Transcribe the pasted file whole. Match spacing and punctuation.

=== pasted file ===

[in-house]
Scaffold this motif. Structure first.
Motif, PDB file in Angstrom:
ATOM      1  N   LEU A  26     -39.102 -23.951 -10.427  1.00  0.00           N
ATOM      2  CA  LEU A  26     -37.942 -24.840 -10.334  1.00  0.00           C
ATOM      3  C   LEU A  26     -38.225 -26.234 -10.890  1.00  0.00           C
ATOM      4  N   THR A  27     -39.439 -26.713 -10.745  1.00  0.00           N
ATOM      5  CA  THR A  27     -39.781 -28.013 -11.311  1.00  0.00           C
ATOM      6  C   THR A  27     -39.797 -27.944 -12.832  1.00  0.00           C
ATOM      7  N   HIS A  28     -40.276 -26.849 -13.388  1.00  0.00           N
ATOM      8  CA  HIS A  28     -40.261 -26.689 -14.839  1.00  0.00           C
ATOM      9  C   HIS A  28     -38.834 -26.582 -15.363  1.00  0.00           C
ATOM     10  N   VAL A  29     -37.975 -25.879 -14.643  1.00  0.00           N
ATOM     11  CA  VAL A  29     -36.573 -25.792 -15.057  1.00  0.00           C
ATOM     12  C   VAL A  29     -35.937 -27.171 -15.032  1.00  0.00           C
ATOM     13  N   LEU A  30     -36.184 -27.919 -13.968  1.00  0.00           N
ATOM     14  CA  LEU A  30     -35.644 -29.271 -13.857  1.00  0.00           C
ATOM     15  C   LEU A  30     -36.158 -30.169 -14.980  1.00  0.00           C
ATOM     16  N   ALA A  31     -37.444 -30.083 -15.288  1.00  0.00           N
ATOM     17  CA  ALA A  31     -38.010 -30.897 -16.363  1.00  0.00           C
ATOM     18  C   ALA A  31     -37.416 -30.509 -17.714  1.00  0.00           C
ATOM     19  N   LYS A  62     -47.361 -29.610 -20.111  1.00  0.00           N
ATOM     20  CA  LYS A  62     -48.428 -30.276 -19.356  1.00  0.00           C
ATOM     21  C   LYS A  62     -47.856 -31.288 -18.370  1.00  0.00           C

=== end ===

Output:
[in-house]
Scaffold this motif. Structure first.
Motif, PDB file in Angstrom:
ATOM      1  N   LEU A  26     -39.102 -23.951 -10.427  1.00  0.00           N
ATOM      2  CA  LEU A  26     -37.942 -24.840 -10.334  1.00  0.00           C
ATOM      3  C   LEU A  26     -38.225 -26.234 -10.890  1.00  0.00           C
ATOM      4  N   THR A  27     -39.439 -26.713 -10.745  1.00  0.00           N
ATOM      5  CA  THR A  27     -39.781 -28.013 -11.311  1.00  0.00           C
ATOM      6  C   THR A  27     -39.797 -27.944 -12.832  1.00  0.00           C
ATOM      7  N   HIS A  28     -40.276 -26.849 -13.388  1.00  0.00           N
ATOM      8  CA  HIS A  28     -40.261 -26.689 -14.839  1.00  0.00           C
ATOM      9  C   HIS A  28     -38.834 -26.582 -15.363  1.00  0.00           C
ATOM     10  N   VAL A  29     -37.975 -25.879 -14.643  1.00  0.00           N
ATOM     11  CA  VAL A  29     -36.573 -25.792 -15.057  1.00  0.00           C
ATOM     12  C   VAL A  29     -35.937 -27.171 -15.032  1.00  0.00           C
ATOM     13  N   LEU A  30     -36.184 -27.919 -13.968  1.00  0.00           N
ATOM     14  CA  LEU A  30     -35.644 -29.271 -13.857  1.00  0.00           C
ATOM     15  C   LEU A  30     -36.158 -30.169 -14.980  1.00  0.00           C
ATOM     16  N   ALA A  31     -37.444 -30.083 -15.288  1.00  0.00           N
ATOM     17  CA  ALA A  31     -38.010 -30.897 -16.363  1.00  0.00           C
ATOM     18  C   ALA A  31     -37.416 -30.509 -17.714  1.00  0.00           C
ATOM     19  N   LYS A  62     -47.361 -29.610 -20.111  1.00  0.00           N
ATOM     20  CA  LYS A  62     -48.428 -30.276 -19.356  1.00  0.00           C
ATOM     21  C   LYS A  62     -47.856 -31.288 -18.370  1.00  0.00           C